This will also include improved public financial management and procurement; improving financial intermediation and strengthening access to finance as well as advancing critical growth-supporting structural reforms. When combined with continued strengthening of the monetary policy framework, the IMF hopes that these efforts will contain inflation and reduce fiscal dominance, which will ultimately raise the amount and quality of spending on critical infrastructure and social sectors
This level of hope from the IMF is without doubt stemming from the fact that the Malawi government has been able to satisfy the laid down conditions in order to qualify for the credit facility. This is also the reason why in its statement, the institution has spelled out these combined performance indicators that Malawi should further satisfy to qualify for the next tranche within the ECF.
As is usually the case, the naysayers have been all over the social and mainstream media trivializing the ECF resumption to Malawi as a non-issue, and not something worth celebrating about. They argue that ECF is just like any other credit facility which still piles debt pressure on the shoulders of the country to be repaid in the long run probably by our children and grandchildren.
However, the naysayers must realize that the resumption of this credit facility did not materialize from the sun. The IMF did not just woke up and decided to resume the ECF facility on its own accord or out of sympathy for Malawi, no, the country had to go through a rigorous due process that depended upon the achievement of defined macro-economic variables. The Mutharika government had to meet these stringent performance targets to qualify for the facility, and that is also why some countries have failed to qualify for same.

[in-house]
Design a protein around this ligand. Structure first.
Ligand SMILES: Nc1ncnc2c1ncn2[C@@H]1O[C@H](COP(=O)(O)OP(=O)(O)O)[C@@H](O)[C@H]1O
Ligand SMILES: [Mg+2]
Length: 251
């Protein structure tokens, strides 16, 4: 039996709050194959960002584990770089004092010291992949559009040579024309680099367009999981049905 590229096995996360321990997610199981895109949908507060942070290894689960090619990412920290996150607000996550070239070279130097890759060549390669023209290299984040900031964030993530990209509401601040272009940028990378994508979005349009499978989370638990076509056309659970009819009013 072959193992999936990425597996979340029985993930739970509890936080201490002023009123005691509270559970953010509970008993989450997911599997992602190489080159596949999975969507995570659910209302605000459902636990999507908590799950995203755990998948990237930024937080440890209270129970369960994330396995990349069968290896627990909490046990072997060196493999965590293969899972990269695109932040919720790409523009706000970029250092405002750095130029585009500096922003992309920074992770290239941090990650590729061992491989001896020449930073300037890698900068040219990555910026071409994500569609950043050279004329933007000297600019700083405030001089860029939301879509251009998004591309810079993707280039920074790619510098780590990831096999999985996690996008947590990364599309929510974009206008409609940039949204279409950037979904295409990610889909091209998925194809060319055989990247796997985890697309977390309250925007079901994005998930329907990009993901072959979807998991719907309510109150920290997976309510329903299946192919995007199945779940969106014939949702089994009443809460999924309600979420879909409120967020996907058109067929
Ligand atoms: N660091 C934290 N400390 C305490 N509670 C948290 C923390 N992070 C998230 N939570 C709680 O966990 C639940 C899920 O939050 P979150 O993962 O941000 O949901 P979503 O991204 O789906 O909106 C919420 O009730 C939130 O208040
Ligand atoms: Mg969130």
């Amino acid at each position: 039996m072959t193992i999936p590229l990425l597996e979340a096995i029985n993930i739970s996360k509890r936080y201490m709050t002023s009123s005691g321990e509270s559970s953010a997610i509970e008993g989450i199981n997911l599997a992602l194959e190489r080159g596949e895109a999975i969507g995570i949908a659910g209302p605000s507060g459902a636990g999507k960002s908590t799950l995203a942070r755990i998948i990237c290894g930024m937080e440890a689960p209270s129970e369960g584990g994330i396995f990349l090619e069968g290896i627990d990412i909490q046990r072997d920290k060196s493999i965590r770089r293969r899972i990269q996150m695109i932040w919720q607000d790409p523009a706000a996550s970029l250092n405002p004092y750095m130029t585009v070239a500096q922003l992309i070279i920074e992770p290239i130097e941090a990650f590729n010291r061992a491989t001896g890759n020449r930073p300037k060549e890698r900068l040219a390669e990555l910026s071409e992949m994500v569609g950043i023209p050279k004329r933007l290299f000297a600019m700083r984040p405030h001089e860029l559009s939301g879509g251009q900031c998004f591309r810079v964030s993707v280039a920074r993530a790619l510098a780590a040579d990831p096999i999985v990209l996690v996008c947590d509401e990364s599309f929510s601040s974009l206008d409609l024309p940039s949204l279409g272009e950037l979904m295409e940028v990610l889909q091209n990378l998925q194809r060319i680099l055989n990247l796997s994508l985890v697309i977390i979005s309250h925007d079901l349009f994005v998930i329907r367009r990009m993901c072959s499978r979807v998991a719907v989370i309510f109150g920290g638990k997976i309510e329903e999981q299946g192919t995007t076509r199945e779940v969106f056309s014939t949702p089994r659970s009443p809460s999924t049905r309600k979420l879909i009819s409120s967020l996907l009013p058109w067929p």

Like Goodall said, the DPP administration must be commended for an economic performance that has made it possible for the resumption of ECF to occur because that is only the logical thing to do under the circumstances. Granted, challenges still abound for this country to achieve the economic nirvana that it seeks, in fact with an annual economic growth of 4%, it will take a long time for this country to really uplift a majority of its citizens from the jaws of poverty.
In fact in the statement that: “the fiscal position has deteriorated and the public debt to GDP ratio has risen”, the IMF attests to the fact that there are challenges that must be surmounted for this country to achieve the needed economic development. The board however acknowledged the efforts that the country is investing to address the challenges when it said that, “the authorities are making efforts to entrench macroeconomic stability, raise growth and reduce poverty”.
We must understand, however, that a thousand steps start with the first step. This country is coming from the days of CASHGATE when we lost the trust of donors resulting in the suspending of budgetary support; we were at zero. Apart from just celebrating the ECF alone, the resumption of this credit facility must also be celebrated in that its successful implementation will also serve as a green light for more aid and investment to be unlocked for Malawi. This credit facility may therefore be indicative of the immanence of the resumption of budgetary support from bilateral partners and therefore cause for celebration.Follow and Subscribe Nyasa TV :